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For Immediate Release
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UN Security Council: Create Senior Post on Women and War

Decade-Old Promises Unfulfilled Because of Lack of Leadership


The UN Security Council should urgently establish a high-level post
to fill a leadership gap relating to women and armed conflict, Human
Rights Watch said today. A special representative of the
secretary-general assigned to this issue would be able to push for
protection against sexual violence and to promote equal participation
by women in peace talks. The Security Council is to hold a discussion
this morning on the issue of women, peace, and security.

"It has been 10 years since the Security Council acknowledged that
women experience war differently than men and that this is a relevant
security concern," said Marianne Mollmann, women's rights advocate at
Human Rights Watch. "But at all levels - national, intergovernmental,
the United Nations - it's been almost all talk and hardly any action."

In a recent report on
the Democratic Republic of the Congo, for example, Human Rights Watch
concluded that sexual violence continues unabated - or worse - despite
condemnatory remarks from the Security Council.

Although the Security Council has recognized that involving women in
peace processes and peacekeeping is essential to improving the response
to such abuses, women continue to be substantially underrepresented in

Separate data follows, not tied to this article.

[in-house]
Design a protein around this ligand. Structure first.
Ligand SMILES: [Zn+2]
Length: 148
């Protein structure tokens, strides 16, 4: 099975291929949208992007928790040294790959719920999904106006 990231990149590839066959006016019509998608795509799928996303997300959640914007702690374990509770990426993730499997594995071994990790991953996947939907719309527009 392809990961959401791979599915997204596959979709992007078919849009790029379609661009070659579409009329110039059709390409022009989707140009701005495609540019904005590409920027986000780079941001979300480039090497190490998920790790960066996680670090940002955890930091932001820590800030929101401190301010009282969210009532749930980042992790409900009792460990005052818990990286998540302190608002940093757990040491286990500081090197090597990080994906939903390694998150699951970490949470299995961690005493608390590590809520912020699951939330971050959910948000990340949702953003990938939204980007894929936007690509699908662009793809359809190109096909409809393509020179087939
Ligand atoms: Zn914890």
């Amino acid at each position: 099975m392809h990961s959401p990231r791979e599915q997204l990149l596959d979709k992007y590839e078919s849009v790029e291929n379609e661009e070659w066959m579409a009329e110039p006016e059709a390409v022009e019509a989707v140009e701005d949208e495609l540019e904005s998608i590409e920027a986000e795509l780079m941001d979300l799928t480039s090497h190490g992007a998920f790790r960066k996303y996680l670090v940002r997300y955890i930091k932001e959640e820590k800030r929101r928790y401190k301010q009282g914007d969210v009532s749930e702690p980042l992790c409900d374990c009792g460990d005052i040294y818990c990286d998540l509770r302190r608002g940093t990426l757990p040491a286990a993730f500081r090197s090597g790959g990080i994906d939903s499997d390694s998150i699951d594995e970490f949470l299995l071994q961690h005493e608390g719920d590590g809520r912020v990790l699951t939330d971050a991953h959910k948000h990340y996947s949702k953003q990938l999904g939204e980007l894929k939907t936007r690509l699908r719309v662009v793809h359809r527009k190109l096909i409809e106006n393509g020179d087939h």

peacekeeping and peace negotiations. Only four of 23 leaders of UN
peacekeeping field missions are women, based on information on the UN
Peacekeeping Operations website. A recent study by UNIFEM, the UN fund
for women, shows little if any movement on the participation of women
in peace processes and negotiations over the past decade.

"The leadership vacuum on women and armed conflict has enormous
consequences," Mollmann said. "Where women have been more directly
involved in peace processes, the negotiated solutions have been more
likely to include the concerns of the society as a whole."

The United Nations has created a template for addressing this type
of entrenched problem in its actions concerning the abuse of children
in armed conflict. In 1996, the secretary-general appointed a special
representative on children and armed conflict, and the Security Council
created a working group and a monitoring and reporting mechanism on
this issue in 2005. While the working group initially primarily dealt
with the issue of child soldiers, the Security Council this week
expanded its mission to include reducing sexual violence committed
against children in conflict.

The Security Council is expected to return to the subject of a new
mechanism on women, peace, and security and consider a resolution in

"The expansion of the mechanism on children and armed conflict is a
tremendous step forward," said Mollmann. "But protecting a girl from
rape, for example, shouldn't end when she turns 18. The Security
Council should act quickly to provide the same protection for women."

Human Rights Watch is one of the world's leading independent organizations dedicated to defending and protecting human rights. By focusing international attention where human rights are violated, we give voice to the oppressed and hold oppressors accountable for their crimes. Our rigorous, objective investigations and strategic, targeted advocacy build intense pressure for action and raise the cost of human rights abuse. For 30 years, Human Rights Watch has worked tenaciously to lay the legal and moral groundwork for deep-rooted change and has fought to bring greater justice and security to people around the world.